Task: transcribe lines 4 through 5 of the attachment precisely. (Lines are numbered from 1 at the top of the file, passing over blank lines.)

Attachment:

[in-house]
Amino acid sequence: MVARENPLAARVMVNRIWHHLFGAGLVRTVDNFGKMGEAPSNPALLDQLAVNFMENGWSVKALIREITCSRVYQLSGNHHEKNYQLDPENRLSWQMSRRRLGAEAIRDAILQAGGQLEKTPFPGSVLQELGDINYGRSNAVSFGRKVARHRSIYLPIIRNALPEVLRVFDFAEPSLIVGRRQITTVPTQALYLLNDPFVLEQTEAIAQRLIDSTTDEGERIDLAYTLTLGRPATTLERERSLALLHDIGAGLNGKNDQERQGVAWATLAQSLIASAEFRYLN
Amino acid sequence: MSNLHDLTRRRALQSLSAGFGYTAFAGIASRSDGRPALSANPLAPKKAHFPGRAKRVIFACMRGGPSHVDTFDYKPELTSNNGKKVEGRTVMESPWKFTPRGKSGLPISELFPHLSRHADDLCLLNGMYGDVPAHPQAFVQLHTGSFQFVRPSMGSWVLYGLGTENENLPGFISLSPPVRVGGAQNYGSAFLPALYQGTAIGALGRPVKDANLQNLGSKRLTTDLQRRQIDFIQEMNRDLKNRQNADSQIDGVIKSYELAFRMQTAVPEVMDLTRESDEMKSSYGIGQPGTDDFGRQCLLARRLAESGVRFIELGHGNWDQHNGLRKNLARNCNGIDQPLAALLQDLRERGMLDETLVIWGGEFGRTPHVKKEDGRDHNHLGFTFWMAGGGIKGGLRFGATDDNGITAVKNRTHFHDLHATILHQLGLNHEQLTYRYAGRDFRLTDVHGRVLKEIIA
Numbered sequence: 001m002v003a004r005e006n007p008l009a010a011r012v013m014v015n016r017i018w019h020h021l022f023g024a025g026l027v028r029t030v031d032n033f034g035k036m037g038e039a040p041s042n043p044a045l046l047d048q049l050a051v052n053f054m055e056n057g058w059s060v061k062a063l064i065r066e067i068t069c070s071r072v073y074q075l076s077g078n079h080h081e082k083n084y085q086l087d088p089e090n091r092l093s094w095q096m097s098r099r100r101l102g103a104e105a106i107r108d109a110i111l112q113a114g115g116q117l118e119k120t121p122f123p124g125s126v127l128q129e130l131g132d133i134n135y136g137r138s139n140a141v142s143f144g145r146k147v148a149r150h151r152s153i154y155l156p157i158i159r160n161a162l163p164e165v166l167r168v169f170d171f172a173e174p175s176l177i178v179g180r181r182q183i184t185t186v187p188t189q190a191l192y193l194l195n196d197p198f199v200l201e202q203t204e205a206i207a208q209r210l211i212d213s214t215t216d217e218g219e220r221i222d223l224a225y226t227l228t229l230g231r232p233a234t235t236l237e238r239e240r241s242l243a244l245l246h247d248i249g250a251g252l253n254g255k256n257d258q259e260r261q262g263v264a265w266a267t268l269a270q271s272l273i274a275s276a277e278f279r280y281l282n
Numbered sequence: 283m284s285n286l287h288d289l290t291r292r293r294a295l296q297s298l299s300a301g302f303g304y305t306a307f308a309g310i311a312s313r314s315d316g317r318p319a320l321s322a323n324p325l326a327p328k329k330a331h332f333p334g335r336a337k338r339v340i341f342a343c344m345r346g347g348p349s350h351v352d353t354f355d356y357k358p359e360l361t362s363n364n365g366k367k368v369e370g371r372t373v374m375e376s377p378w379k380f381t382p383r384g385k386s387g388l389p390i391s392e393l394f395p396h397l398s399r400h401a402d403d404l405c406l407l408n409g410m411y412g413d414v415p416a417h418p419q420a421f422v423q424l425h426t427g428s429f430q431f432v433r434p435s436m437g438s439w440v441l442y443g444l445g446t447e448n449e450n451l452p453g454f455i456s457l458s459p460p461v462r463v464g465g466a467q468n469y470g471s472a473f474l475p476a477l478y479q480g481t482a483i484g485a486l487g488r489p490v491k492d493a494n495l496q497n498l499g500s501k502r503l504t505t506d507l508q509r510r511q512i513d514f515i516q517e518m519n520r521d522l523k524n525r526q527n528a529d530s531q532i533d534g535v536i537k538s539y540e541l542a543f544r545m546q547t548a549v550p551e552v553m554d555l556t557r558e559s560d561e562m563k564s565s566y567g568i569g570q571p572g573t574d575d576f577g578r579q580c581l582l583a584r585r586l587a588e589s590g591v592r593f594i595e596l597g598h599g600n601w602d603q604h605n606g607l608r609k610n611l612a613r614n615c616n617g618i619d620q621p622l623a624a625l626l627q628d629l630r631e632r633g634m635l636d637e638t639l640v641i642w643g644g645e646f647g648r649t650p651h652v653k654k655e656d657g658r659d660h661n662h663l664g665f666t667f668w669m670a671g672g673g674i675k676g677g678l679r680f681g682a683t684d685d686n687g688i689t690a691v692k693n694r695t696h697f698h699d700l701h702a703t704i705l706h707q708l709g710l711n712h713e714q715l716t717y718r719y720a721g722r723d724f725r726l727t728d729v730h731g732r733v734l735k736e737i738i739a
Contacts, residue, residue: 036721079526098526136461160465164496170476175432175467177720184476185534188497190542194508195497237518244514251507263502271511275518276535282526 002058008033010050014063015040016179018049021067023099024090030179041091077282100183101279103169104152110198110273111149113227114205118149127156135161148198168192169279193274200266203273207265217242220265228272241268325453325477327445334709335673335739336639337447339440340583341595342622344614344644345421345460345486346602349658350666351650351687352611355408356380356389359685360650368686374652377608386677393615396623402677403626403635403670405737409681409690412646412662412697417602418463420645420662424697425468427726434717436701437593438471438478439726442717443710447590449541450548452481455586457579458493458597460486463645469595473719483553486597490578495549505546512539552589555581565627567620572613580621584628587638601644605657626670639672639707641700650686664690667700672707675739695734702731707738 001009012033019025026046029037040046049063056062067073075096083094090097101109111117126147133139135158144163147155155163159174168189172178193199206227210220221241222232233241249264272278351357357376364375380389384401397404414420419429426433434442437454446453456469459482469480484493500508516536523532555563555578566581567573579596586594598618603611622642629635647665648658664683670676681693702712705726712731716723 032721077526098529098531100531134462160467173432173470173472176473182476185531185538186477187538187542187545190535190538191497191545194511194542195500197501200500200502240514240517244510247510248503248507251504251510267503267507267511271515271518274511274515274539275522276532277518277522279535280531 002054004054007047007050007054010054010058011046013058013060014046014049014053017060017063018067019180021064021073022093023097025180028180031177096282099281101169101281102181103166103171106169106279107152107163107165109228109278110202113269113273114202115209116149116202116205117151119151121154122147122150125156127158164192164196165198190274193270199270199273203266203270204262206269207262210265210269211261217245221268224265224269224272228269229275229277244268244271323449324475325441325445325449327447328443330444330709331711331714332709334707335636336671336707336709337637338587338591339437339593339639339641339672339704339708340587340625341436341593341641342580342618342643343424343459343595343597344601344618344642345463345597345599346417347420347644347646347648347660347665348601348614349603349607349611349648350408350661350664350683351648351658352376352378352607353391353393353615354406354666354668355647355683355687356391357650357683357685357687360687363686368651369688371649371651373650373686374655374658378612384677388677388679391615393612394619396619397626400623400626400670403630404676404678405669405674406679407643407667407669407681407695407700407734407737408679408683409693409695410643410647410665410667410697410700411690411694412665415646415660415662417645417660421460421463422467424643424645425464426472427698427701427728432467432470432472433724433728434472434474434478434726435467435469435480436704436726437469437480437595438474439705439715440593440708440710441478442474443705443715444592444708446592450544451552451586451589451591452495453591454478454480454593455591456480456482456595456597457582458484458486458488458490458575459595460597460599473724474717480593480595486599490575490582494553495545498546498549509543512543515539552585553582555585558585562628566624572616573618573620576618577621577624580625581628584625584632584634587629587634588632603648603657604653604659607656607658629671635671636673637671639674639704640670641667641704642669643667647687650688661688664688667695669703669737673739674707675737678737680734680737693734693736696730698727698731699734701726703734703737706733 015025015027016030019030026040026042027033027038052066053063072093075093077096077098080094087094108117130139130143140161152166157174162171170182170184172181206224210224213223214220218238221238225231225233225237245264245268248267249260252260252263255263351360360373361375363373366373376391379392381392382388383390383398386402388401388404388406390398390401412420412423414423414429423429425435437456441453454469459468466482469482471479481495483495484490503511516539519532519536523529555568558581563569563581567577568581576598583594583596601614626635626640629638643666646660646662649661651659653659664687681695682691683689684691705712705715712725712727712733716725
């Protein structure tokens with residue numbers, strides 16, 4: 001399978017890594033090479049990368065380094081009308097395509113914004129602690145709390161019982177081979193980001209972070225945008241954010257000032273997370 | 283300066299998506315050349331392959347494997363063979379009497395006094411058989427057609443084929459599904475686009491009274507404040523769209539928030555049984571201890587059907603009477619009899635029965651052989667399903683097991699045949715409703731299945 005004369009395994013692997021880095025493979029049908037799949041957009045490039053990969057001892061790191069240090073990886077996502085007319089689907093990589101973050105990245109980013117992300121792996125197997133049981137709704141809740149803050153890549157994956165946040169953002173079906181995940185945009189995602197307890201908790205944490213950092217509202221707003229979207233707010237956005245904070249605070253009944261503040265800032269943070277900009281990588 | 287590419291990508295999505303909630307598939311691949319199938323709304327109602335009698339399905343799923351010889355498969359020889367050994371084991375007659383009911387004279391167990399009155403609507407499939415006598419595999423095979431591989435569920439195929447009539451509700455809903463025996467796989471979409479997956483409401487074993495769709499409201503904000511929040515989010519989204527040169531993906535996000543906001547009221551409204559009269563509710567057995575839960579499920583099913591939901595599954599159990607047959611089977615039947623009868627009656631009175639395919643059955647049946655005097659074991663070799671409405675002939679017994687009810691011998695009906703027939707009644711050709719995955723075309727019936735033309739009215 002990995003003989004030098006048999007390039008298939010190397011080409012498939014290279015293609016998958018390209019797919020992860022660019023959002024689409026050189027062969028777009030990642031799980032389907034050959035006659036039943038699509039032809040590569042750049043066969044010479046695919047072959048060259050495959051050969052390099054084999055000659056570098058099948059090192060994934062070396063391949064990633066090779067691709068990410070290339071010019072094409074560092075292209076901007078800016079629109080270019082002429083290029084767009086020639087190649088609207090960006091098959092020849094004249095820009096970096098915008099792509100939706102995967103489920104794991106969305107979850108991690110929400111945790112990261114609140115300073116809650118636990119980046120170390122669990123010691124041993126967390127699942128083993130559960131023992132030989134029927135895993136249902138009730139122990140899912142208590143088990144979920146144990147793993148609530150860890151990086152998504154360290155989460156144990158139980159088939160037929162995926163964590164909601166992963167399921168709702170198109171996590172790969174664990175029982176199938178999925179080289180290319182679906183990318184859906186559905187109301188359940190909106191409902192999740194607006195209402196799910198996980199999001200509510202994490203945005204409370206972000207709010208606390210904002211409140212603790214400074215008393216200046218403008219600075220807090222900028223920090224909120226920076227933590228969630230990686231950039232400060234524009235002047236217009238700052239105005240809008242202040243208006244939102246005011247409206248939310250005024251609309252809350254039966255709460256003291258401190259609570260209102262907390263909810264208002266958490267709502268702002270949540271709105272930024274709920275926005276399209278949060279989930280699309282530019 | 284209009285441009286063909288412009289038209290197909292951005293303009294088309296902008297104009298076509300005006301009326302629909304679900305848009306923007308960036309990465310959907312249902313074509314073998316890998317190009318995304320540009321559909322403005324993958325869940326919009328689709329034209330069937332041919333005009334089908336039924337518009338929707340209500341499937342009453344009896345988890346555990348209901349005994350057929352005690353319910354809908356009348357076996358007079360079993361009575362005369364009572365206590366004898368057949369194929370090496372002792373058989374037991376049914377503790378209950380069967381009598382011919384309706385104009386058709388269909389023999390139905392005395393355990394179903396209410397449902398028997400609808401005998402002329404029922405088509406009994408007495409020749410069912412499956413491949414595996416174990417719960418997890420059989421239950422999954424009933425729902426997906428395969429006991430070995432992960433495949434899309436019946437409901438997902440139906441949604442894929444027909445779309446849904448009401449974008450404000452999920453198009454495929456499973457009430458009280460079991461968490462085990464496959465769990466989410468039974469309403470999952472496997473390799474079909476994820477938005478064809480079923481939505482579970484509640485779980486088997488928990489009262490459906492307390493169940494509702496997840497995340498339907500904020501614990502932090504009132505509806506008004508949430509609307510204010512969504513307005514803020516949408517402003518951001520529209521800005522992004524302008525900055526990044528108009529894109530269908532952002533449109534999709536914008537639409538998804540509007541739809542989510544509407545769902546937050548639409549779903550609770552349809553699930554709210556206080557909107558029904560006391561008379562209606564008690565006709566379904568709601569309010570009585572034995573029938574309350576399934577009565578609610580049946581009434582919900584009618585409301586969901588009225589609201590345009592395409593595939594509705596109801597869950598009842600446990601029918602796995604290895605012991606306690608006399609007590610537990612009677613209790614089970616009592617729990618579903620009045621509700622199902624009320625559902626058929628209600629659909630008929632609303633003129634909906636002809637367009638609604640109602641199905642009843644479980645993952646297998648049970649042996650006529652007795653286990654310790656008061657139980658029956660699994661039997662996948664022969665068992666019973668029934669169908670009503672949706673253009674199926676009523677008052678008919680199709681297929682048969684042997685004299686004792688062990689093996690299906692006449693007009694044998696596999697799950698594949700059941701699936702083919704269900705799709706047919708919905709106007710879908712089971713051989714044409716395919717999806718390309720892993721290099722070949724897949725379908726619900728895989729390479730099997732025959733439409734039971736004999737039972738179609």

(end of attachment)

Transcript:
Numbered sequence: 001m002v003a004r005e006n007p008l009a010a011r012v013m014v015n016r017i018w019h020h021l022f023g024a025g026l027v028r029t030v031d032n033f034g035k036m037g038e039a040p041s042n043p044a045l046l047d048q049l050a051v052n053f054m055e056n057g058w059s060v061k062a063l064i065r066e067i068t069c070s071r072v073y074q075l076s077g078n079h080h081e082k083n084y085q086l087d088p089e090n091r092l093s094w095q096m097s098r099r100r101l102g103a104e105a106i107r108d109a110i111l112q113a114g115g116q117l118e119k120t121p122f123p124g125s126v127l128q129e130l131g132d133i134n135y136g137r138s139n140a141v142s143f144g145r146k147v148a149r150h151r152s153i154y155l156p157i158i159r160n161a162l163p164e165v166l167r168v169f170d171f172a173e174p175s176l177i178v179g180r181r182q183i184t185t186v187p188t189q190a191l192y193l194l195n196d197p198f199v200l201e202q203t204e205a206i207a208q209r210l211i212d213s214t215t216d217e218g219e220r221i222d223l224a225y226t227l228t229l230g231r232p233a234t235t236l237e238r239e240r241s242l243a244l245l246h247d248i249g250a251g252l253n254g255k256n257d258q259e260r261q262g263v264a265w266a267t268l269a270q271s272l273i274a275s276a277e278f279r280y281l282n
Numbered sequence: 283m284s285n286l287h288d289l290t291r292r293r294a295l296q297s298l299s300a301g302f303g304y305t306a307f308a309g310i311a312s313r314s315d316g317r318p319a320l321s322a323n324p325l326a327p328k329k330a331h332f333p334g335r336a337k338r339v340i341f342a343c344m345r346g347g348p349s350h351v352d353t354f355d356y357k358p359e360l361t362s363n364n365g366k367k368v369e370g371r372t373v374m375e376s377p378w379k380f381t382p383r384g385k386s387g388l389p390i391s392e393l394f395p396h397l398s399r400h401a402d403d404l405c406l407l408n409g410m411y412g413d414v415p416a417h418p419q420a421f422v423q424l425h426t427g428s429f430q431f432v433r434p435s436m437g438s439w440v441l442y443g444l445g446t447e448n449e450n451l452p453g454f455i456s457l458s459p460p461v462r463v464g465g466a467q468n469y470g471s472a473f474l475p476a477l478y479q480g481t482a483i484g485a486l487g488r489p490v491k492d493a494n495l496q497n498l499g500s501k502r503l504t505t506d507l508q509r510r511q512i513d514f515i516q517e518m519n520r521d522l523k524n525r526q527n528a529d530s531q532i533d534g535v536i537k538s539y540e541l542a543f544r545m546q547t548a549v550p551e552v553m554d555l556t557r558e559s560d561e562m563k564s565s566y567g568i569g570q571p572g573t574d575d576f577g578r579q580c581l582l583a584r585r586l587a588e589s590g591v592r593f594i595e596l597g598h599g600n601w602d603q604h605n606g607l608r609k610n611l612a613r614n615c616n617g618i619d620q621p622l623a624a625l626l627q628d629l630r631e632r633g634m635l636d637e638t639l640v641i642w643g644g645e646f647g648r649t650p651h652v653k654k655e656d657g658r659d660h661n662h663l664g665f666t667f668w669m670a671g672g673g674i675k676g677g678l679r680f681g682a683t684d685d686n687g688i689t690a691v692k693n694r695t696h697f698h699d700l701h702a703t704i705l706h707q708l709g710l711n712h713e714q715l716t717y718r719y720a721g722r723d724f725r726l727t728d729v730h731g732r733v734l735k736e737i738i739a